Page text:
Nov 14, 2018
World Diabetes Day
Today is World Diabetes Day so we've got the low down on what diabetes is all about, what the risks are, and how to reduce your chances of getting it.
Diabetes, also known as Diabetes Melitus occurs when the level of glucose (sugar) in the blood rises and become higher than normal. Diabetes can cause a range of problems over time, but with the right support/knowledge you can keep your blood sugar level under control. The two main types of diabetes are Type 1 and Type 2, and a third type, called gestational diabetes, can occur during pregnancy.
Find out your diabetes risk at www.diabetes.org.uk/knowyourrisk.
Diabetes is often diagnosed through a blood test and/or a urine test. Your doctor may say you have ‘pre-diabetes’ which means your blood sugar level is abnormally high, but not quite high enough to be diabetes. You should take this as a warning sign. By changing some modifiable lifestyle habits you can dramatically reduce your chance of getting type 2 diabetes and damaging your long-term health.
Things you can change to reduce your diabetes risk:
- Reduce caffeine intake
- Quit smoking
- Stay hydrated
- Take steps to reduce stress
- Cut down alcohol
- Get 150 minutes of exercise each week
- Ensure your diet is balanced and healthy
Type 1 diabetes
Insulin is a hormone that controls your blood sugar levels and is made in the pancreas. It’s thought that type 1 diabetes is an immune disease and causes the body to produce antibodies that prevent the pancreas from producing insulin, therefore causing blood sugar (glucose) levels to rise. It’s not known what causes the immune system to behave this way, although many theorise that it is triggered by a virus. Treatment to control this is insulin injections and a healthy diet.
This type of diabetes typically develops in children and younger adults. Type 1 diabetes is not inherited but there is some genetic factor. For example a first degree relative of someone with type 1 diabetes has about a 1 in 16 chance of developing diabetes type 1.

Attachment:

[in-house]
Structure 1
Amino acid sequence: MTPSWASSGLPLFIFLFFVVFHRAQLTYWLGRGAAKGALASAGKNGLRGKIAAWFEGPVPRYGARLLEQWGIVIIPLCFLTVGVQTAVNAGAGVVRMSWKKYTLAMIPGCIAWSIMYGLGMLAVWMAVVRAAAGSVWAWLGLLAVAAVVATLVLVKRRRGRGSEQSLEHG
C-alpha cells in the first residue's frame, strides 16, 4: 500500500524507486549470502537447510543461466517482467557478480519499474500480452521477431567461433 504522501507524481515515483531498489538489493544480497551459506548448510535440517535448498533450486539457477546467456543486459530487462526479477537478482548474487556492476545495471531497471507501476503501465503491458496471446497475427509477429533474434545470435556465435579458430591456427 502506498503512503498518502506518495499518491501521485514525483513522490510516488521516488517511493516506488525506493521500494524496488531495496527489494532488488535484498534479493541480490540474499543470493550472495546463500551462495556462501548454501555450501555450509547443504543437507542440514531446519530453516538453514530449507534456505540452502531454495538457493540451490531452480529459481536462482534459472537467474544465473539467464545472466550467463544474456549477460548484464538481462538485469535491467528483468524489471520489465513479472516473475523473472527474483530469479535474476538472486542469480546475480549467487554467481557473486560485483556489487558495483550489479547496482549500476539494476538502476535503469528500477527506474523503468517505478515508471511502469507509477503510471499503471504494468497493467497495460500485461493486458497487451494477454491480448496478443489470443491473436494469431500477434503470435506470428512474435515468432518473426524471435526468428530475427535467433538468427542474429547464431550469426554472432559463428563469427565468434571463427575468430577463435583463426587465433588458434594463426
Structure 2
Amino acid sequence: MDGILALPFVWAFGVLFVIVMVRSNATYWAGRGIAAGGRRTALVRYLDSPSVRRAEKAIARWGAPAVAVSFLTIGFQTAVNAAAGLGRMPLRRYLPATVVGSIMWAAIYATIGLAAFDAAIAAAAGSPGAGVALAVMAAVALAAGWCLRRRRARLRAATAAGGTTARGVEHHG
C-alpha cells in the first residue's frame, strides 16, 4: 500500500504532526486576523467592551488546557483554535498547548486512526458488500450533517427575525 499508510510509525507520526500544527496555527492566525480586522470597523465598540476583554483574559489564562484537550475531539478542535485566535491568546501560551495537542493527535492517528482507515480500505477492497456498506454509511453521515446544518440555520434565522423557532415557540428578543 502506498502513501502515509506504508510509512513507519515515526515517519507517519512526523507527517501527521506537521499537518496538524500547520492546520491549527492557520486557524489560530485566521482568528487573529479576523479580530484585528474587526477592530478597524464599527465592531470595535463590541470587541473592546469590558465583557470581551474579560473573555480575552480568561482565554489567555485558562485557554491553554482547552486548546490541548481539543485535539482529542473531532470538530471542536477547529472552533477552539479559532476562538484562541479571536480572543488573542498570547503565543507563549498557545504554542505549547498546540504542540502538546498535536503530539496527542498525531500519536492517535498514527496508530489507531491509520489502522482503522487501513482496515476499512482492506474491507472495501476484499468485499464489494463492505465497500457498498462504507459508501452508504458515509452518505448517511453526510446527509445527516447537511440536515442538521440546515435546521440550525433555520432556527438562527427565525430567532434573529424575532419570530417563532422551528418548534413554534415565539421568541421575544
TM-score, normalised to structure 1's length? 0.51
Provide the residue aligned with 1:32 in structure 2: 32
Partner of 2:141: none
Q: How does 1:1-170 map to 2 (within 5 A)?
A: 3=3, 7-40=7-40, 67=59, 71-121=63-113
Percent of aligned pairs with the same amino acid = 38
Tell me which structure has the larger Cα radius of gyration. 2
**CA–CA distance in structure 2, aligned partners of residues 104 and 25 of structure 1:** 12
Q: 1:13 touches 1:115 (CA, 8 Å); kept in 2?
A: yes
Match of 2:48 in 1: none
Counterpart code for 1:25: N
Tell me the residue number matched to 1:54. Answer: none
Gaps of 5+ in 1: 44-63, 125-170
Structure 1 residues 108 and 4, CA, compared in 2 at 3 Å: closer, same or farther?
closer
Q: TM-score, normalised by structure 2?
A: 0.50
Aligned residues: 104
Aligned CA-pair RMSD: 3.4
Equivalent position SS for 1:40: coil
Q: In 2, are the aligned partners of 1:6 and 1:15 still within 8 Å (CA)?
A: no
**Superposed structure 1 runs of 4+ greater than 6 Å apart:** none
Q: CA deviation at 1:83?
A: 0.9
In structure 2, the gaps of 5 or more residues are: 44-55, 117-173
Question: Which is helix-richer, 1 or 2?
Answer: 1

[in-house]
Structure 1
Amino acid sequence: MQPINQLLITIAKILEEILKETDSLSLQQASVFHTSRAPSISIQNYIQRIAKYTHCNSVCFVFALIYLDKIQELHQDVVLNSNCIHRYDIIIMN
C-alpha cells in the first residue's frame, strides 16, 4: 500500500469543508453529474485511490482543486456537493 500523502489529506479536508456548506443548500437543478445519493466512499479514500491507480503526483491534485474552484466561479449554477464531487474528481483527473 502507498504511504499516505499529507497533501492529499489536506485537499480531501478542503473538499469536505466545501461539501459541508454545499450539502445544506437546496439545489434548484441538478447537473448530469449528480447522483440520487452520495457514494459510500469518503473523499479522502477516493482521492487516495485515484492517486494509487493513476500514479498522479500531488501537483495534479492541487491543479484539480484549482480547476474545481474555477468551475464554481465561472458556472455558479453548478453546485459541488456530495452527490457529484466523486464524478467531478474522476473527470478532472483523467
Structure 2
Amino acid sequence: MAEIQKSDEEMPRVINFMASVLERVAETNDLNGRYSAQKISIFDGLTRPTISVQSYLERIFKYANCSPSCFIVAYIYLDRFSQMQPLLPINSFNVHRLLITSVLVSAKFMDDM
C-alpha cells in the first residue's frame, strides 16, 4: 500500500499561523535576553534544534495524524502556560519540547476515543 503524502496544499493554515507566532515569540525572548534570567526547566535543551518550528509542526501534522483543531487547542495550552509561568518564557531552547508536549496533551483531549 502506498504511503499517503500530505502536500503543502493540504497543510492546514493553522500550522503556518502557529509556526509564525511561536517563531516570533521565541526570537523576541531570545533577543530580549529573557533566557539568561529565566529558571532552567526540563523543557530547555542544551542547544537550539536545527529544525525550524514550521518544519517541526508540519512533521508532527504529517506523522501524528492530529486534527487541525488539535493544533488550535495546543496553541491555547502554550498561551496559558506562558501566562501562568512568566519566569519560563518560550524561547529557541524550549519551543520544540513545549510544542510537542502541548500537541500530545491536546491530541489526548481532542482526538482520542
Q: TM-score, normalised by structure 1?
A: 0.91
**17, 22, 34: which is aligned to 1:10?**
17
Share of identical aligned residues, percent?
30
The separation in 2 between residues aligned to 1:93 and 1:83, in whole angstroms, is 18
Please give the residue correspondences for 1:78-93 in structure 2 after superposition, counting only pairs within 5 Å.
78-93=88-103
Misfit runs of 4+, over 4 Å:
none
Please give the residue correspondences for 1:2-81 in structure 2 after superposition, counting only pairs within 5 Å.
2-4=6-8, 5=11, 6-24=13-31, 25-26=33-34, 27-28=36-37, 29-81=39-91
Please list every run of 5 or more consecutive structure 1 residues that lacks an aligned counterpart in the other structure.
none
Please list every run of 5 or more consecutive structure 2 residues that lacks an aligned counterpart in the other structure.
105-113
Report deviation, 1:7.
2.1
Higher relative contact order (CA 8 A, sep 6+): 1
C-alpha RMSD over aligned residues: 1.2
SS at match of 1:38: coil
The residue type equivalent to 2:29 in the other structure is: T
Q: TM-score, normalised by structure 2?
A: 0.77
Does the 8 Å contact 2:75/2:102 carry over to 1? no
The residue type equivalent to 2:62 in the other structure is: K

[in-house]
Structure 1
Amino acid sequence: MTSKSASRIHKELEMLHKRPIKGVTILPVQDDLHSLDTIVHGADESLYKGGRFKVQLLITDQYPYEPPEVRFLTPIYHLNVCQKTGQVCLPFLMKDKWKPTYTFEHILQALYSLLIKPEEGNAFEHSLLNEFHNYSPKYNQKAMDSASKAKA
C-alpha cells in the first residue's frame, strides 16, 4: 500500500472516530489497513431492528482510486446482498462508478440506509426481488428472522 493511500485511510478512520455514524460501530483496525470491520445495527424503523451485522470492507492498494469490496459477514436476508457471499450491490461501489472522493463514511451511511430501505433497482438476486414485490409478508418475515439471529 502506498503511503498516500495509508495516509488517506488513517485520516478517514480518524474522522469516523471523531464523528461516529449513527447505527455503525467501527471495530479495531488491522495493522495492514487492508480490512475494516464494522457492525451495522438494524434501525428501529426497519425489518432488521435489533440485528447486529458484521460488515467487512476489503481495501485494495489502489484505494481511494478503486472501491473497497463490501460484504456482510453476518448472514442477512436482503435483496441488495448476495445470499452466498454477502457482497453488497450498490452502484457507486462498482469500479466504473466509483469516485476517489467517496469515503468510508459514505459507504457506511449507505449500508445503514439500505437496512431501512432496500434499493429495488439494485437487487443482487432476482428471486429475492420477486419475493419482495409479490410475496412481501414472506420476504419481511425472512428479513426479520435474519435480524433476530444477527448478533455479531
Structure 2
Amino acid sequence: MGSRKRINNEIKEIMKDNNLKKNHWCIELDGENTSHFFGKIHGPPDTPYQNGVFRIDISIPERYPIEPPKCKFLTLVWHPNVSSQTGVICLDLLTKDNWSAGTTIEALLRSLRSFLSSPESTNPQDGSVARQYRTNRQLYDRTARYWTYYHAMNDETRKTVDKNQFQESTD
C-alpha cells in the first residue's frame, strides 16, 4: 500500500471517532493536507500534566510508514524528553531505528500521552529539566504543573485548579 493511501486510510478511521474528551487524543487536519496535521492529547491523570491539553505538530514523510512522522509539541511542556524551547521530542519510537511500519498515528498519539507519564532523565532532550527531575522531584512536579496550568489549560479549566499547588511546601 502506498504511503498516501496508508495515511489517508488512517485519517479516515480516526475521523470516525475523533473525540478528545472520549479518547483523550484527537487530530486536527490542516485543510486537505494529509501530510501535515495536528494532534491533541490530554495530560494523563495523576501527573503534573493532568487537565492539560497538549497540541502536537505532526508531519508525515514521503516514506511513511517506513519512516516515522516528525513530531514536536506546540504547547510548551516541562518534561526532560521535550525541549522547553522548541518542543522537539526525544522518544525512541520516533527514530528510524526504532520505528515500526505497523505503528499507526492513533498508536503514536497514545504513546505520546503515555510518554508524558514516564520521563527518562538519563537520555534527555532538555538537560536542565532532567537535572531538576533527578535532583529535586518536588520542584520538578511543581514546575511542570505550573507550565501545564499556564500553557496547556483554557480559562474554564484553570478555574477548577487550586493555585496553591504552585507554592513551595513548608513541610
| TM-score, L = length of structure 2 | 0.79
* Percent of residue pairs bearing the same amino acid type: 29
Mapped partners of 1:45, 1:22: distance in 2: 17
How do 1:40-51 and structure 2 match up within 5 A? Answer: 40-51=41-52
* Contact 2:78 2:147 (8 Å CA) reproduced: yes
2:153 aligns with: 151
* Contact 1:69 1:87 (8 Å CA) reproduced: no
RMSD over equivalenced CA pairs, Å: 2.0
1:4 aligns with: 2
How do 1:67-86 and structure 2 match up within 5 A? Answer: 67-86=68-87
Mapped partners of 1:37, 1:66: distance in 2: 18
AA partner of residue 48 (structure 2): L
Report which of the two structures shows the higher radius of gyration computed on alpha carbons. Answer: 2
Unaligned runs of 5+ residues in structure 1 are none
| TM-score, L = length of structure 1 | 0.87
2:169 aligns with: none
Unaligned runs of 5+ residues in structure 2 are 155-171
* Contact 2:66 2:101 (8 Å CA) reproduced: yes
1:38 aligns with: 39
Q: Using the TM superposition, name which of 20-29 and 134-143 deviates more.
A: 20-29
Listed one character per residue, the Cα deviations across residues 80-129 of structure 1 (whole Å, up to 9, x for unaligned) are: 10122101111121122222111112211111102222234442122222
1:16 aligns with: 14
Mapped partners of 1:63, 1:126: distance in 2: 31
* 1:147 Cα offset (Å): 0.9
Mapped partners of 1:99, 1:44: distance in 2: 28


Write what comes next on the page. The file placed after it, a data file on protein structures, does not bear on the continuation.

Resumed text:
In the UK around 1 in 300 people develop type 1 diabetes at some stage in their life.
Type 2 diabetes
Type 2 diabetes is where your body doesn’t make enough insulin or can’t utilise the insulin that’s made. It’s a lifelong condition that needs to be controlled by regular check ups, diet and medicines.
Risk factors of type 2 diabetes
- Age (above 40)
- Ethnicity – Type 2 diabetes is 2-4 more times more likely in people of South Asian descent and African Caribbean or Black African descent.
- Family History- You’re 2-6 times more likely to get it if you have a brother/sister/child with diabetes.
- High blood pressure
- Being overweight- especially around the middle
- Having had a heart attack / stroke
Diabetes and Pregnancy
Pregnancy can cause the blood sugar to rise in females who do not have diabetes. This is called gestational diabetes.
During pregnancy the body needs more insulin to control the glucose (blood sugar) levels. Therefore, females with diabetes usually need more treatments if they ae pregnant. Harm for both mum and baby can occur if the diabetes is not well controlled. It’s also more likely that women with gestational diabetes will have difficulties during birth and need a caesarean section.
Gestational diabetes is more common when women:
- Are at an older age when pregnant
- Are overweight (BMI above 30)
- From some ethnic groups (South Asian, black Caribbean and Middle Eastern)
- Have an immediate family member with diabetes
- Have had a previous baby with a high birth weight (4.5kg and above)
- Have had an unexplained still birth
- Have had pregnancies close together
Most women with gestational diabetes recover after pregnancy however there's an increased risk of it returning in another pregnancy and in the future.
Symptoms of diabetes include:
- Increased thirst
- Unexplained weight loss
- Passing urine more frequently
- Re-occurring yeast infections
- Slow healing of cuts
- Blurred vision
- Extreme tiredness
- Sexual dysfunction
Know the risks
Having diabetes also increases your risk of other conditions including:
- Vascular dementia
- Visual impairment & blindness
- Kidney disease
- Erectile & sexual dysfunction
- Loss of sensation which can lead to injury
- Foot ulcers & lower limb loss
- The key to good diabetes management is you
- 1 in 10 people with diabetes are type 1
- 9 out of 10 people with diabetes have type 2
- Its estimated by 2025, 5 million people will have diabetes
Our sources and for more information:
Free Health Promotion Resources: Be the first to receive Health Chatter information, and other content related to employee health and wellbeing by signing up to our Health Chatter emails.